Reviewing the ANZ Recruitment Industry - Low barriers to entry
Barriers to entry can exist as a result of government regulations, industry regulations, high start-up costs or they can occur naturally as markets mature. The recruitment market has historically been an industry perceived to have low barriers to entry due to the small start-up costs and little official regulation or governance.
This has certainly been the situation prior to the financial crisis, but things have changed in recent years.
Given these low barriers to entry and with potential for uncapped profits, historically the recruitment market has been an attractive proposition for the shrewd investor.
However, has the fact that the industry has not adopted stricter governance and regulations been a deterrent to its long-term success? This is a debate that continues today. To understand this we need to look at how the recruitment market operates and what positives and negatives we can derive from this.
The bad news: the industry has many thousands of companies essentially doing the same job, so to stand out from the crowd and succeed on a long-term basis you need to be an over-achiever. This means that charging premium prices for premium services becomes very difficult. Also, negative perceptions can be a problem. You can see the direct correlation between negative perception and low barriers to entry — estate agents, insurance salesmen and recruitment consultants often being herded into the same category.
However, there is good news: with low barriers to entry, recruitment companies are not obliged to have formal training or qualifications and don’t need as much regulation as some industries, like Financial Advisors, endure. This may be why there are fewer companies that are going the extra mile to improve the quality of their service and that are genuinely taking action to hire and train the best teams.
With the right investment and strategy you are able to create a proposition that is stronger than your competition.
Consider the debate in the context of Porter’s Five Forces. To review, Porter’s Five Forces is a framework to determine the attractiveness of an industry, developed by Michael E Porter of Harvard Business School in 1979. The five forces are: competitive rivalry, power of suppliers, power of buyers, threat of substitutes and threat of new entrants. Using Porter’s Five Forces to analyse the potential for long-term success in the recruitment market it would be easy to be discouraged by the comparative threats.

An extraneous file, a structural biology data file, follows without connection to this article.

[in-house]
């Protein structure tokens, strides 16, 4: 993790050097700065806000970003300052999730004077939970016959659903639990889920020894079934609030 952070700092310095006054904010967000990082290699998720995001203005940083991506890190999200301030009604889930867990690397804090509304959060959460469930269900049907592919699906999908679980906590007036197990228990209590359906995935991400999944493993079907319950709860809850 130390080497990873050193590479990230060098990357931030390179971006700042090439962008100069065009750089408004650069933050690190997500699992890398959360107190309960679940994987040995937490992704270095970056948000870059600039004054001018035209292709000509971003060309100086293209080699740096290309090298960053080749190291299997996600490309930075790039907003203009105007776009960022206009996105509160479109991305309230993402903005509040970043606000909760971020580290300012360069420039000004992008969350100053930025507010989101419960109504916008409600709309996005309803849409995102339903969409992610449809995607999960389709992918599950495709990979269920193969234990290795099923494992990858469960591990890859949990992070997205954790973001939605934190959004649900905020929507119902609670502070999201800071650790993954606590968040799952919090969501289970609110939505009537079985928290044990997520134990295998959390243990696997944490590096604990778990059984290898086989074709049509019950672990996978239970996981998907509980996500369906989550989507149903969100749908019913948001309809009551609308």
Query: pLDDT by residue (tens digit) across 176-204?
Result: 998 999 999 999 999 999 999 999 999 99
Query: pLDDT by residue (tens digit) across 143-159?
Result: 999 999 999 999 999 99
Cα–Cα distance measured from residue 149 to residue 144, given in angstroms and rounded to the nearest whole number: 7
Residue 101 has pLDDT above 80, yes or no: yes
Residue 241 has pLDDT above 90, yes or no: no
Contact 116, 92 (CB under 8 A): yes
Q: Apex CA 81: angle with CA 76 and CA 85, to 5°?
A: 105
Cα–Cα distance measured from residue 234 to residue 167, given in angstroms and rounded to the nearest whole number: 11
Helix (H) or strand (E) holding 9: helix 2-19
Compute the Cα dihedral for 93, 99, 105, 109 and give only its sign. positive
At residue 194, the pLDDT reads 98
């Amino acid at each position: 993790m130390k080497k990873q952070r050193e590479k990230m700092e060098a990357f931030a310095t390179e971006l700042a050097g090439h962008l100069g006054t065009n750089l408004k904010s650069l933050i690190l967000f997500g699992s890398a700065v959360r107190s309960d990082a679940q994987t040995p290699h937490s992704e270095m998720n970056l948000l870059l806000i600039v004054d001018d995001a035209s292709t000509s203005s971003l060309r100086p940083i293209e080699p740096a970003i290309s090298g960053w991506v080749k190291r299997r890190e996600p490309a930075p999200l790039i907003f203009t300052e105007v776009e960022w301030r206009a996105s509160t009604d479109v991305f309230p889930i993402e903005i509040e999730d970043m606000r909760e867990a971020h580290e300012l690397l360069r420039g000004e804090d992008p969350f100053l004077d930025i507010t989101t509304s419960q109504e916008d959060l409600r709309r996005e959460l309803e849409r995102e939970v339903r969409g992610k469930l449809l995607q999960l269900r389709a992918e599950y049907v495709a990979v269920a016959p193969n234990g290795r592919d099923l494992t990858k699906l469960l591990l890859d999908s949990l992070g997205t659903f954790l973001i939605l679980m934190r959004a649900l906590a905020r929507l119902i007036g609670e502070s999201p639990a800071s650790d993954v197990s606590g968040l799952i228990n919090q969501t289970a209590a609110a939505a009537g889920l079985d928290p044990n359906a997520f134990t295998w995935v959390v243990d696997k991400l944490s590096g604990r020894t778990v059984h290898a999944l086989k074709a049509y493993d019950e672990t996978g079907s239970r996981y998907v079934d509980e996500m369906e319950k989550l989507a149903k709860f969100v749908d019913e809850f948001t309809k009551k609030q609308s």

However by combining high-quality work with a structured business strategy, excellent marketing strategy and a commitment to keeping internal standards high, many companies prove it is possible to run and grow a very successful recruitment company.
Will barriers to entry rise in the near future? Certainly.
As an industry matures there is an increase in the sophistication of services demanded by clients and offered by agencies – new companies find it difficult to meet this level of sophistication.
The regulators don’t sit still and never work towards reducing regulation. The recruitment industry may not be directly regulated in most locations but regulations relating to hiring and paying staff continues to add complexity to the industry. Again, new companies need to work hard to build the required systems and processes that stand up to an audit process.
Finally there is the continuing debate about direct regulation on the industry. Do we need it? Is it going to be forced on the industry? That’s a topic for others to debate.
From HHMC’s perspective the rising barriers to entry will eventually lead to an increase in valuations, as organisations will prepare to buy their way into the industry as the “build from scratch” option becomes more expensive.
HHMC Global provides advisory services to the recruitment and staffing industry and is best known for its work on M&A transactions. HHMC is based in Australia and works with clients globally. To discuss your business future contact Rod Hore or Richard Hayward.